After some of the excitement dies down, Lindbergh expresses interest in helping commercial aviation, which at the time is just beginning. He becomes an advisor to the army and a partner with Henry Ford and some railroad officials in a commercial airline. He marries Anne Morrow, the daughter of the ambassador to Mexico. The couple travels the world for more than a year before having a house built just outside of Princeton, New Jersey. It is there that, on the night of March 1, 1932, their twoyear- old son disappears from his nursery on the second floor of the Lindbergh house. Once again, the world’s attention centers on the aviator as ransom notes are delivered, leads to the kidnappers’ identities are released, and negotiations go on with strangers who may or may not know those involved. On May 10, the boy’s body is found buried in the woods near the house, having apparently been put there the night he disappeared.
A suspect, Bruno Richard Hauptmann, is arrested two years later, and his trial brings international attention. He is convicted and sentenced to death although many people, including famous celebrities of the time, object that he is being framed by the authorities. In time, the public comes to distrust Hauptmann’s conviction, and some of their anger at the judicial system extends to include Lindbergh.
To escape the public’s curiosity, the Lindberghs move to England, where they end up renting a house and staying for years. While in England, Lindbergh is a guest in other countries. At the invitation of the American Embassy in Berlin, he goes to Germany, inspecting the German air force and offering advice. While not many people anticipated the Second World War in 1936, his friendliness toward Germany raises some concern, especially among American relatives of persecuted Jews. The situation is made worse when, as war in Europe approaches, Lindbergh makes public statements discouraging American involvement, even if that means leaving Germany to overthrow Czechoslovakia, Poland, and Russia. As German aggression against its Jewish citizens and neighboring countries grows, newspapers and politicians denounce Lindbergh. When war actually begins in Europe, Lindbergh is writing articles for American magazines, urging the country to stay uninvolved. He becomes a spokesman for a grassroots movement, America First, giving speeches on behalf of nonintervention, even as the country is heading toward war.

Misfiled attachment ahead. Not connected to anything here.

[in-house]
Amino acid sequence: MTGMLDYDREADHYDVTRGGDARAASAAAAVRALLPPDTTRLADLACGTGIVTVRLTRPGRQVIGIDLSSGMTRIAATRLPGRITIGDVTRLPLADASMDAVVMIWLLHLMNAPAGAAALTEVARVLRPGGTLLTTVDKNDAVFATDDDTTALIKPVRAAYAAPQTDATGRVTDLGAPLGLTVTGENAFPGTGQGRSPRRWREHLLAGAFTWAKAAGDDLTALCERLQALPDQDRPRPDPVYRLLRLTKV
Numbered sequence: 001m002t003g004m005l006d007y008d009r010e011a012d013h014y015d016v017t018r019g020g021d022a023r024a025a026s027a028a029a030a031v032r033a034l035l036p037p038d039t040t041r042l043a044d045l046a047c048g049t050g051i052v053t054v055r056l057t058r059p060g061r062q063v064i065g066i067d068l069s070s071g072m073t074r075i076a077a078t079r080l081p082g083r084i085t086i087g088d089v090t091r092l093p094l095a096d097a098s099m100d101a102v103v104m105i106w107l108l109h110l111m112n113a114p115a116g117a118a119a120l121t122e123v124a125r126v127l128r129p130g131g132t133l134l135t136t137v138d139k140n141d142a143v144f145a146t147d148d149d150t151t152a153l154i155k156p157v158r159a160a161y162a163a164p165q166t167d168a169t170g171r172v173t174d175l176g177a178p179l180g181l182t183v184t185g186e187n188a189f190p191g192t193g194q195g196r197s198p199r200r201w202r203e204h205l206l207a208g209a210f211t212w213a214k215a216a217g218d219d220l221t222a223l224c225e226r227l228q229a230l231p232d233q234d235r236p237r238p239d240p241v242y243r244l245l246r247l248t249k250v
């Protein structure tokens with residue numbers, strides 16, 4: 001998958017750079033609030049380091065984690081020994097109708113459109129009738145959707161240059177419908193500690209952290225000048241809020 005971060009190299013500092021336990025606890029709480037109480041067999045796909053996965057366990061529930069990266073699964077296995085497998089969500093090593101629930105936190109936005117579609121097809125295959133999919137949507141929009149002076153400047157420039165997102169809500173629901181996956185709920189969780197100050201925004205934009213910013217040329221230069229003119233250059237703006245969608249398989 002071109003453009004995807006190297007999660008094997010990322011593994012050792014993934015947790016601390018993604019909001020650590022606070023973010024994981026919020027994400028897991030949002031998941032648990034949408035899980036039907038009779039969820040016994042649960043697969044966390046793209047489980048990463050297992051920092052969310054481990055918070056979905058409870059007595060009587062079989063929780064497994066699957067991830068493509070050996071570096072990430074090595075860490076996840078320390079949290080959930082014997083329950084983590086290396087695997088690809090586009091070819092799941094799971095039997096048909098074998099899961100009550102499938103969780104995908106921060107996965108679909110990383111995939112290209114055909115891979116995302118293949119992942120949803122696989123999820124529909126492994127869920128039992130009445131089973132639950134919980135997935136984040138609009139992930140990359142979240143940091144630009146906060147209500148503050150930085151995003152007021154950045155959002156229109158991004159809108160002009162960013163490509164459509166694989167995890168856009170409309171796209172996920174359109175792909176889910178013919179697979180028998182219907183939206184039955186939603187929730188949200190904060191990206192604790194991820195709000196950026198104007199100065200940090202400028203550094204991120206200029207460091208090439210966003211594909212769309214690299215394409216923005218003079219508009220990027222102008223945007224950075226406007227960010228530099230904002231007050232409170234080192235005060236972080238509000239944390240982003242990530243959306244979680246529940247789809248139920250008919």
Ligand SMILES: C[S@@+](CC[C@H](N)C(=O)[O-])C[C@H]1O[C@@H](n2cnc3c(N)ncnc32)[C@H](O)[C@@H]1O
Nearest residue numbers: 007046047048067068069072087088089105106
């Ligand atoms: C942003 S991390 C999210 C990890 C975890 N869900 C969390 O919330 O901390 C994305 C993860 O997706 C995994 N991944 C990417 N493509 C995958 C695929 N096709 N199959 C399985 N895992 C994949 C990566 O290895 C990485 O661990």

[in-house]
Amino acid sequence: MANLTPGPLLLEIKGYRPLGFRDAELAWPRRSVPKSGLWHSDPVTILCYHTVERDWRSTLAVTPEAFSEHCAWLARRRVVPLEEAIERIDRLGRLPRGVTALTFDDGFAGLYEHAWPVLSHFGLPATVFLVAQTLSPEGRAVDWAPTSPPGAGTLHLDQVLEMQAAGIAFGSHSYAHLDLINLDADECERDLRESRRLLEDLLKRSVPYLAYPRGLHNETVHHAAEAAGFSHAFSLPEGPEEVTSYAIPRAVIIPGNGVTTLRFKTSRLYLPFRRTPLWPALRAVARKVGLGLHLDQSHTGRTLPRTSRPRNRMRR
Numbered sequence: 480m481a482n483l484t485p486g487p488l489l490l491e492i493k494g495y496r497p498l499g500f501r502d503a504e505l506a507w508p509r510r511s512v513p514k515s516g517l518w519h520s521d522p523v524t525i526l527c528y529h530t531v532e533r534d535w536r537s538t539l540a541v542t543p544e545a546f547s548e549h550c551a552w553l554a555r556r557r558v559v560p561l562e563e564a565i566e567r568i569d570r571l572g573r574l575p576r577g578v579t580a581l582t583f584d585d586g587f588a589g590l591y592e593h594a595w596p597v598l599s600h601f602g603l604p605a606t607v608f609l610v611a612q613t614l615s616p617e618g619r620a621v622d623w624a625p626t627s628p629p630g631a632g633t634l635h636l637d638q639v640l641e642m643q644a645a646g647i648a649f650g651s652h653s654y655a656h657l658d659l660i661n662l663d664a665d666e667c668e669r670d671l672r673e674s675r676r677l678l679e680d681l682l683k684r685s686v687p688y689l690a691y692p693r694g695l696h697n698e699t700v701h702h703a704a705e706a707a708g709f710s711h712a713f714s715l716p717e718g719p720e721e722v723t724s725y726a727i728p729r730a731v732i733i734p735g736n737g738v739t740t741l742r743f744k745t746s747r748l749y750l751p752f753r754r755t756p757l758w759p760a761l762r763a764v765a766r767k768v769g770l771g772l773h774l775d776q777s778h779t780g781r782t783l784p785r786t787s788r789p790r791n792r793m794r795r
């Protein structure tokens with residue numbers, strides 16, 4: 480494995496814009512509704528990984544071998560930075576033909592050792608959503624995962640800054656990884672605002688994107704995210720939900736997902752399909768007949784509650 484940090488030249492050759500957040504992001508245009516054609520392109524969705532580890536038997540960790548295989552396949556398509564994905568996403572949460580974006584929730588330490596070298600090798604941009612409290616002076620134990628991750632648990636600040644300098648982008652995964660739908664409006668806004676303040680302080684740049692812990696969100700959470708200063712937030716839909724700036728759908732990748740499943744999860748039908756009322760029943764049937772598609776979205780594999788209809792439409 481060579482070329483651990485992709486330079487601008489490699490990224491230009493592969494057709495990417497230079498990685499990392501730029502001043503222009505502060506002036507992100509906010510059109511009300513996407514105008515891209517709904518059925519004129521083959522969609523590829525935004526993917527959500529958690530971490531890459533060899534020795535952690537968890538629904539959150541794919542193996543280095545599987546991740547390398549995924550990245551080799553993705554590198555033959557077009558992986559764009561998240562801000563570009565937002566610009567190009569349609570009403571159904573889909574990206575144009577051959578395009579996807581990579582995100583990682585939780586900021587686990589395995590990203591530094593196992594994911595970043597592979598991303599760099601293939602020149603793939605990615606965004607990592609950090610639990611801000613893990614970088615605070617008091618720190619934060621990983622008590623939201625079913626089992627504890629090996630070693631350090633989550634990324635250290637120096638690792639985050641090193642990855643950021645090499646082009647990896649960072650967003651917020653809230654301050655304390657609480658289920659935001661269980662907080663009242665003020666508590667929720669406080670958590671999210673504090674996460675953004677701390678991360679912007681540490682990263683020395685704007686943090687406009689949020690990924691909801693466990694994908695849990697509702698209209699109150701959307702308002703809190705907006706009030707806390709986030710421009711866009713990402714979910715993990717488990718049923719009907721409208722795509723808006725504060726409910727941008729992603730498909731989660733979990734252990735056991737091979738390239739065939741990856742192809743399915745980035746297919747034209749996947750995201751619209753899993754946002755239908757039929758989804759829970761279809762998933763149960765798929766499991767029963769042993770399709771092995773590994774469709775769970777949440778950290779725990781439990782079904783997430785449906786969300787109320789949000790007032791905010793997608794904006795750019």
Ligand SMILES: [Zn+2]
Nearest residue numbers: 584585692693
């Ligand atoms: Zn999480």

Lindbergh is called a Nazi sympathizer and becomes one of the most hated men in America. His reputation is somewhat rehabilitated by his working for the United States Air Force during the war, testing experimental jets and helping design assaults in the Pacific.
After the war, Lindbergh’s work for the government in developing aerial defense systems continues. His noninterventionist attitude toward Germany is reversed because of the spread of communism, which he feels will almost certainly lead to nuclear war. As he spends more and more time away from home, he becomes estranged from his wife. He becomes a best-selling author, and the United States government, which had shunned him during the war, gives him the honorary title of general. A movie about his life is made, starring James Stewart. He becomes a board member for several airlines and is involved with several wildlife conservation groups. In 1969, he has a house built on Maui. When he becomes deathly ill in New York in 1974, he has friends in the airline industry arrange a flight for him so that he can return one last time to his Hawaiian home, where he dies on August 26.